Tesco to face shareholders in Welsh capital
LONDON (Reuters) - Tesco (TSCO.L), the world's No. 3 retailer, will seek to avoid becoming the latest victim of the so-called shareholder spring when it faces investors at its annual meeting amid criticism over executive pay and the performance of its U.S. arm.
Bosses could also face shareholder pressure at Friday's meeting in Cardiff over their strategy to revive the grocer's core business, which accounts for about one in 10 pounds spent in British shops and about 70 percent of annual trading profit.
Once one of the most consistent British companies in terms of earnings growth, Tesco stunned investors in January with its first profit warning in over 20 years, saying it needed to invest heavily to stem a steady decline in its home market.
Pensions Investment Research Consultants (Pirc), the pension fund consultant, has said investors should vote against the store group's pay report. Though PIRC welcomed several changes to Tesco's pay policy last year, it said there was still the potential for "wholly excessive" payments.
Tesco will be hoping last month's move by chief executive Phil Clarke not to take his 372,000 pounds bonus, will have defused any potential rebellion. But he still earned a package of 1.16 million pounds in 2011/12.
Clarke's decision came amidst a round of high profile shareholder revolts over executive pay at companies like Barclays (BARC.L), Inmarsat (ISA.L), Prudential (PRU.L) and WPP (WPP.L), in a phenomenon dubbed the "shareholder spring".
Investor resistance to big pay rises at underperforming companies has led Aviva (AV.L) boss Andrew Moss and Sly Bailey, head of newspaper group Trinity Mirror (TNI.L), to quit.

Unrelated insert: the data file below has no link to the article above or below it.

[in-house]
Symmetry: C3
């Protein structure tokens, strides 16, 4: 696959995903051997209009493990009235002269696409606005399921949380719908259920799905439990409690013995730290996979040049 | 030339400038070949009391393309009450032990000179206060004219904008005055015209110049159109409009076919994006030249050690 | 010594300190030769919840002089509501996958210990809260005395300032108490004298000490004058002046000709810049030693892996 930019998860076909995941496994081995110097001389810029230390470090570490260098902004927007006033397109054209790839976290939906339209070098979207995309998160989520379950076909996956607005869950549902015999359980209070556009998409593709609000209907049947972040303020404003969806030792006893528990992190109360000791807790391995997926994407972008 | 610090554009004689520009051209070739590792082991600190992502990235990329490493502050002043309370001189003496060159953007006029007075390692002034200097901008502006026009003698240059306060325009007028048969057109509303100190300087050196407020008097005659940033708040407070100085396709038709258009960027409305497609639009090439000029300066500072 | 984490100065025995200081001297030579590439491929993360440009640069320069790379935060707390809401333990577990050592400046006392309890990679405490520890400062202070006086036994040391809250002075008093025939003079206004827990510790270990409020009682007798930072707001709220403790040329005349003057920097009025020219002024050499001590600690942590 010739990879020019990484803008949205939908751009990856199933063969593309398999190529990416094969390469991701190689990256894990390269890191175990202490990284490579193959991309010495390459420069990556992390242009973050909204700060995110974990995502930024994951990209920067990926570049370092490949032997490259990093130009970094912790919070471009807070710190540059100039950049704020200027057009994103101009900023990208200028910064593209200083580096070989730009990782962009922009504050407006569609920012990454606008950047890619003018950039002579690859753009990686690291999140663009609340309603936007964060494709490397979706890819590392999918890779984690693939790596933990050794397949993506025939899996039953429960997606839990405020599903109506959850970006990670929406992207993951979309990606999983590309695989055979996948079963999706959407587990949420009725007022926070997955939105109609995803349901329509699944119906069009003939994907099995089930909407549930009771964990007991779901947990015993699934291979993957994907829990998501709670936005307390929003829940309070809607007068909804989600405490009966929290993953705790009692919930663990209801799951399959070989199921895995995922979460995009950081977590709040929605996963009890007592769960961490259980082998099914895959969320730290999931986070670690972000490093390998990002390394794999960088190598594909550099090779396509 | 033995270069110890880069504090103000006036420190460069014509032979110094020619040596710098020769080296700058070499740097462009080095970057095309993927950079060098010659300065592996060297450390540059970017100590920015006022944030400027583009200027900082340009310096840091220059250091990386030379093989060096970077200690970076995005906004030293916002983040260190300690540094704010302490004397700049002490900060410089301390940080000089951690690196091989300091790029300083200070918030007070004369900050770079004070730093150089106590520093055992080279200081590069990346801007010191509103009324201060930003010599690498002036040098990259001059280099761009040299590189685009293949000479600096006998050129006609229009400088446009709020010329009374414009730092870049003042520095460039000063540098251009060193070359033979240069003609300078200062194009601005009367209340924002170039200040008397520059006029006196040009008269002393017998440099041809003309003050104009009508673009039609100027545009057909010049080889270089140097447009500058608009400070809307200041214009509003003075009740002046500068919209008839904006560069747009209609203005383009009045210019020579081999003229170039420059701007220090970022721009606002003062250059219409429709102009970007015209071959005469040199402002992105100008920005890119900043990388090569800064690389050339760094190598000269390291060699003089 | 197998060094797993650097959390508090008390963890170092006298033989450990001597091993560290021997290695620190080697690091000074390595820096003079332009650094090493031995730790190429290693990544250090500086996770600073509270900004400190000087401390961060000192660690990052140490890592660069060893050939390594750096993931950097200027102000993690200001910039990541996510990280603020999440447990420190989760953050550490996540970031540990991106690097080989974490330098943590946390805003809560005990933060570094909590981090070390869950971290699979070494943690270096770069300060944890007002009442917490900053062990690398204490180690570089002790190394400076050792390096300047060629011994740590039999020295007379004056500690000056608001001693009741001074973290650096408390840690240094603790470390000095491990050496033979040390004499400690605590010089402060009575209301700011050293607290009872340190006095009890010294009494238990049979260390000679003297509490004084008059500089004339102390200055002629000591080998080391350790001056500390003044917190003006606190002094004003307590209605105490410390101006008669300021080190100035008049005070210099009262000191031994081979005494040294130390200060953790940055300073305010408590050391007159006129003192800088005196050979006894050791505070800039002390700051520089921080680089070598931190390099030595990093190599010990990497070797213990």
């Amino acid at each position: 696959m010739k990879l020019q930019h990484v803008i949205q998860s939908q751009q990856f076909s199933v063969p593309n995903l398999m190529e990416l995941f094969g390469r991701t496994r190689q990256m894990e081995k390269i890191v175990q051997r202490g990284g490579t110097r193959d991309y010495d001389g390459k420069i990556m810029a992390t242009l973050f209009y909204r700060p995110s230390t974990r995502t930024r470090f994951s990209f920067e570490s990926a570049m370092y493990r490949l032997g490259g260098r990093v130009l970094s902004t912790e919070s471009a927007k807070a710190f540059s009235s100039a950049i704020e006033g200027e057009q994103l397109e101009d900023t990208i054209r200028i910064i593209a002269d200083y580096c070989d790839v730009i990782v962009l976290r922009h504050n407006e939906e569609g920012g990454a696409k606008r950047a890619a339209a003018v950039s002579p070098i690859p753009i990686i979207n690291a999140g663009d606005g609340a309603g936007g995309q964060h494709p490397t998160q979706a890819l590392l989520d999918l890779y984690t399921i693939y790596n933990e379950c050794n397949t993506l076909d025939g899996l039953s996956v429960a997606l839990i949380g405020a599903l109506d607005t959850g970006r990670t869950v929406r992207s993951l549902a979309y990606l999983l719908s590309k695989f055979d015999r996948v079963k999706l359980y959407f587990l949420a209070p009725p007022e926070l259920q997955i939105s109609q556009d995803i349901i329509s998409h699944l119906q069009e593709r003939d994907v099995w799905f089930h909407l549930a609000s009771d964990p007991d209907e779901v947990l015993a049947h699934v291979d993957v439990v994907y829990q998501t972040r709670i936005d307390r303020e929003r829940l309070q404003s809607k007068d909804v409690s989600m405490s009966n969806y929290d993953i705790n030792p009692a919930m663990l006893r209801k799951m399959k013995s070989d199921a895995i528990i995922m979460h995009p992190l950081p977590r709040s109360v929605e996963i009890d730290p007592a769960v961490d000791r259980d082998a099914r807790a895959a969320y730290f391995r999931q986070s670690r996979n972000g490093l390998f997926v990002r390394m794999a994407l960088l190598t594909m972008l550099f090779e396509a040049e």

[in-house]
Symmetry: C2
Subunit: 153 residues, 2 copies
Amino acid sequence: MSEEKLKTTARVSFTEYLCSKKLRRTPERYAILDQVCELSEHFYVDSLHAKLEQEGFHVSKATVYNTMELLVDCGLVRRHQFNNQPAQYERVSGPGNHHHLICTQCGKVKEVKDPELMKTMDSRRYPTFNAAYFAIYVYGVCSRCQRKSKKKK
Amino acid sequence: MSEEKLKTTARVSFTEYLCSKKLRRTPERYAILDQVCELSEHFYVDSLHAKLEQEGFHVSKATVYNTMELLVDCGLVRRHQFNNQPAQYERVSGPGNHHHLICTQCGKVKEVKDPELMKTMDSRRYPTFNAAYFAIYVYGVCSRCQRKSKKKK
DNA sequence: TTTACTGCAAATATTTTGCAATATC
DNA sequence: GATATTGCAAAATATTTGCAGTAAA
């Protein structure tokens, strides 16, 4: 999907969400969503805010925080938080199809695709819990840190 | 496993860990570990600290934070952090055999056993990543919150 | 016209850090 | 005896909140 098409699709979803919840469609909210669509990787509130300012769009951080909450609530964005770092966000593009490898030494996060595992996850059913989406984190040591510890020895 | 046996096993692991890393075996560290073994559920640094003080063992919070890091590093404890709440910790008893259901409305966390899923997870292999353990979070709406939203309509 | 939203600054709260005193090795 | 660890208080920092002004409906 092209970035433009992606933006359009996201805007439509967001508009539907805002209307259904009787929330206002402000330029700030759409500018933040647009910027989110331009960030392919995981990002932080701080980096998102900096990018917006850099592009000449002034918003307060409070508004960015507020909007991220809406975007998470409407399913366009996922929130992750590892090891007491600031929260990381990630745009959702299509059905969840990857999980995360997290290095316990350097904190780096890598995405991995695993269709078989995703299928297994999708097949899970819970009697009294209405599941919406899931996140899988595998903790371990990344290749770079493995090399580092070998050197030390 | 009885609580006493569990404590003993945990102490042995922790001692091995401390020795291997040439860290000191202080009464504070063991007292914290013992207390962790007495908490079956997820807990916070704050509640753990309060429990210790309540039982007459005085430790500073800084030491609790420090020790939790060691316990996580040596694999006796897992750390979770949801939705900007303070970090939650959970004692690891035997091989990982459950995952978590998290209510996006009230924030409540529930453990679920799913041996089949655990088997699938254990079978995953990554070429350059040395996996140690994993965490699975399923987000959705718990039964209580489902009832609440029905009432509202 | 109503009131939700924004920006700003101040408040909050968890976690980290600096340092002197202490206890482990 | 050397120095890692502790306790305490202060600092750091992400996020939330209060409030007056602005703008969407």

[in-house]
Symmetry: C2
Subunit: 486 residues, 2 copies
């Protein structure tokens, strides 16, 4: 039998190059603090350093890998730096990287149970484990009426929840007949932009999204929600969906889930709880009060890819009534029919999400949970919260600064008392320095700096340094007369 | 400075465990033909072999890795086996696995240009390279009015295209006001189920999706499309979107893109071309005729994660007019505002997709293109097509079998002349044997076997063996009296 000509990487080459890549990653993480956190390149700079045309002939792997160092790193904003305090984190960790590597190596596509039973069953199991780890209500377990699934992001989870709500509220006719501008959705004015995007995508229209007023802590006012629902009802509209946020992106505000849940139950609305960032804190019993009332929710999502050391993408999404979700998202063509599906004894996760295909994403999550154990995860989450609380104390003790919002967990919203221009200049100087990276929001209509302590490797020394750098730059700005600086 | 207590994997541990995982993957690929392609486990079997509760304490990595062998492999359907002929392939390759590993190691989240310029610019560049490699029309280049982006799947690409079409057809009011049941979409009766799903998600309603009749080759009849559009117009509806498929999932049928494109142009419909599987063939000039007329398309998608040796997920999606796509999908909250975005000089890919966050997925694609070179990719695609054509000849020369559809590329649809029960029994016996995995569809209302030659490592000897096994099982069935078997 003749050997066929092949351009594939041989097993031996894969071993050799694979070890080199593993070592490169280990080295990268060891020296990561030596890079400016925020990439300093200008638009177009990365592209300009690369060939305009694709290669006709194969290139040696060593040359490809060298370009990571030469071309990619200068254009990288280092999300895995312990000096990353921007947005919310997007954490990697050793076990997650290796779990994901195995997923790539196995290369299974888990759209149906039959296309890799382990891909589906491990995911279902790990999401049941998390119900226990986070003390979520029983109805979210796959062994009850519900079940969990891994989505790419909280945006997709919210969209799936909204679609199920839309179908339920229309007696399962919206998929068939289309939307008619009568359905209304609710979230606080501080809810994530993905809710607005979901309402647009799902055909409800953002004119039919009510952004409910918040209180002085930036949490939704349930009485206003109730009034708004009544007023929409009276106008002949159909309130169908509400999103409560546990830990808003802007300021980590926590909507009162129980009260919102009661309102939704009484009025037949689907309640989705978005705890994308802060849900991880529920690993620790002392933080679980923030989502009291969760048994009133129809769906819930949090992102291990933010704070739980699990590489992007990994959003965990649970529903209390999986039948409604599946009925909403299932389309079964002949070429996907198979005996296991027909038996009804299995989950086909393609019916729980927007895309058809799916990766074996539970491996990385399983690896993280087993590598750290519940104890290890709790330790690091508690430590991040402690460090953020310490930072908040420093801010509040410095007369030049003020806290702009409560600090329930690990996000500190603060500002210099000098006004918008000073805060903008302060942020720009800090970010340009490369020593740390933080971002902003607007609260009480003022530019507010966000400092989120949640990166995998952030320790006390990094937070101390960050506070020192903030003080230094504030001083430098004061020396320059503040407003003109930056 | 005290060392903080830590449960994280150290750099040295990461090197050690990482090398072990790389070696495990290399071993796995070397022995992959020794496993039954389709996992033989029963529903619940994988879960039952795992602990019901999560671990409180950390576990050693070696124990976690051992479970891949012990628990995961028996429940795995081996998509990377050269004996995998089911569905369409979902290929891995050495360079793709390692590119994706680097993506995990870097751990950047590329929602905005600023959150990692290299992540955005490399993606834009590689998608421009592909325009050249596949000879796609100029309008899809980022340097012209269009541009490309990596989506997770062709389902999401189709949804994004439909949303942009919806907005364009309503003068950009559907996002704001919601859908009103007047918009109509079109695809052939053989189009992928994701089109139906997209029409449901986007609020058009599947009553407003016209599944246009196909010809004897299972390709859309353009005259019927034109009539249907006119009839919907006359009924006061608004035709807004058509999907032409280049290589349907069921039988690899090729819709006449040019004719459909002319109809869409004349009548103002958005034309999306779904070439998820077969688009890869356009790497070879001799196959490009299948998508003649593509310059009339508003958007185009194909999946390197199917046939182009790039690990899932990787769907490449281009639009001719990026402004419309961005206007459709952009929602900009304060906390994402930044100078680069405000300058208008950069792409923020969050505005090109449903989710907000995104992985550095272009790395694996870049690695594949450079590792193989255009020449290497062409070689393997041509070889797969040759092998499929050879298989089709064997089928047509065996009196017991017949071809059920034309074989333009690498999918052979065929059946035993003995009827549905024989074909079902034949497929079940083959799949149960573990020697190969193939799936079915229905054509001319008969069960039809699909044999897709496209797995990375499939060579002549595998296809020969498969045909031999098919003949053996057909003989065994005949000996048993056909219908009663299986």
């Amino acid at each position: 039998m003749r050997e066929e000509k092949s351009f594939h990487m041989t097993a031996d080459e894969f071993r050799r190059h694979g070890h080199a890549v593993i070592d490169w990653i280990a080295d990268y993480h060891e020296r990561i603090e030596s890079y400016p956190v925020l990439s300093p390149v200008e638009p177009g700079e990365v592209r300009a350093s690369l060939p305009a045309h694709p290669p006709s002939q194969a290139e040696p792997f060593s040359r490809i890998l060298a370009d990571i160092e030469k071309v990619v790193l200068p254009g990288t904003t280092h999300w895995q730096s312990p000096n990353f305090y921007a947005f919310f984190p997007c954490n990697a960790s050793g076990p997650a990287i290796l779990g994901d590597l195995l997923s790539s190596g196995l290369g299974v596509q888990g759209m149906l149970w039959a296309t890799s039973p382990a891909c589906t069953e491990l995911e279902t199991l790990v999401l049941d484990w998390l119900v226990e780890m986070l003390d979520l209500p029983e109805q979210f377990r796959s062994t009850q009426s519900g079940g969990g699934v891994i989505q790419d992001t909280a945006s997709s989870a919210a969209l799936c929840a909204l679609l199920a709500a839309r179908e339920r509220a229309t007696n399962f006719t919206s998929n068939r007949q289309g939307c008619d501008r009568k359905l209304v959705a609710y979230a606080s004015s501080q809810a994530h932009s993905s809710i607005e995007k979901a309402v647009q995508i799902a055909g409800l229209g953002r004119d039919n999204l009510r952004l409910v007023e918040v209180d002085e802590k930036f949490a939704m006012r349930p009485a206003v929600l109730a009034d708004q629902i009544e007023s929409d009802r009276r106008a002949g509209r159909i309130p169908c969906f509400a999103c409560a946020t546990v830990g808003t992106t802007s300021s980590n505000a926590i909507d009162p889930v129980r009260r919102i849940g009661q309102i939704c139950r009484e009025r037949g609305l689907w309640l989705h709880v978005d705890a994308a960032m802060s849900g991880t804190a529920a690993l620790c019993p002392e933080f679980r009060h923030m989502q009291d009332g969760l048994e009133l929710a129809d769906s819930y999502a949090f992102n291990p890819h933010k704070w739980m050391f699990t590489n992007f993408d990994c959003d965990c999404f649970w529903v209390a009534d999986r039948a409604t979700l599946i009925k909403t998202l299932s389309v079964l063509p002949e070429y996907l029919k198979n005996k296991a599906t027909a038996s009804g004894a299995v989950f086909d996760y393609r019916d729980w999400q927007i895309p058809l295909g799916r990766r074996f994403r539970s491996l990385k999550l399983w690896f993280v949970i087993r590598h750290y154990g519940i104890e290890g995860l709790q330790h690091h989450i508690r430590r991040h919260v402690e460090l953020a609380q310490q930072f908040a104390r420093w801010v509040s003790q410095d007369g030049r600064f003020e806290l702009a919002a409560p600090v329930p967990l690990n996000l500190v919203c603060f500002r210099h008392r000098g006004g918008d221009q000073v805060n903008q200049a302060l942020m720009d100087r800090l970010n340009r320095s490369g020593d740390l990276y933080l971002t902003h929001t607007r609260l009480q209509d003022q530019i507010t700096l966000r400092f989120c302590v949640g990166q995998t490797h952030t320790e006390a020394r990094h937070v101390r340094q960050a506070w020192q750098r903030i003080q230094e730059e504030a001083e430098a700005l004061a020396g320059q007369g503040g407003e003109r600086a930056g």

Last year, Tesco won over shareholders with a simpler and longer-term focused executive pay scheme following years of disputes over how it rewarded management. In 2010, over 40 percent of shareholders either opposed or abstained in a vote over management pay.
Meanwhile the Change to Win Investment Group, which advises U.S. trade union-sponsored pension funds, has submitted proposed amendments to Tesco's report and accounts ahead of the AGM urging a reassessment of its strategy towards its loss-making Fresh & Easy business in the United States.
It wants Tesco to establish a committee of non-executive directors to review Fresh & Easy's future.
Change to Win's proposals have been ignored by Tesco which regards them as union-motivated. Fresh & Easy does not recognise trade unions.
Earlier this year, Clarke rejected shareholder calls to pull the plug on Fresh & Easy. In April, he said he did not expect the chain to break even until its 2013/14 year, compared with the end of 2012/13 previously.
Earlier this month, Tesco reported underlying sales growth at Fresh & Easy slowed to 3.6 percent in the latest quarter from 12.3 percent in the previous quarter.
It also reported a fall in underlying quarterly sales in Britain and said tough trading conditions showed no sign of improving.
Shares in Tesco, which lags French group Carrefour (CARR.PA) and U.S. industry leader Wal-Mart (WMT.N) in annual sales, have lost nearly a quarter of their value over the past year.
They closed on Thursday at 312 pence, valuing the business at about 24.9 billion pounds.
(Reporting by James Davey)
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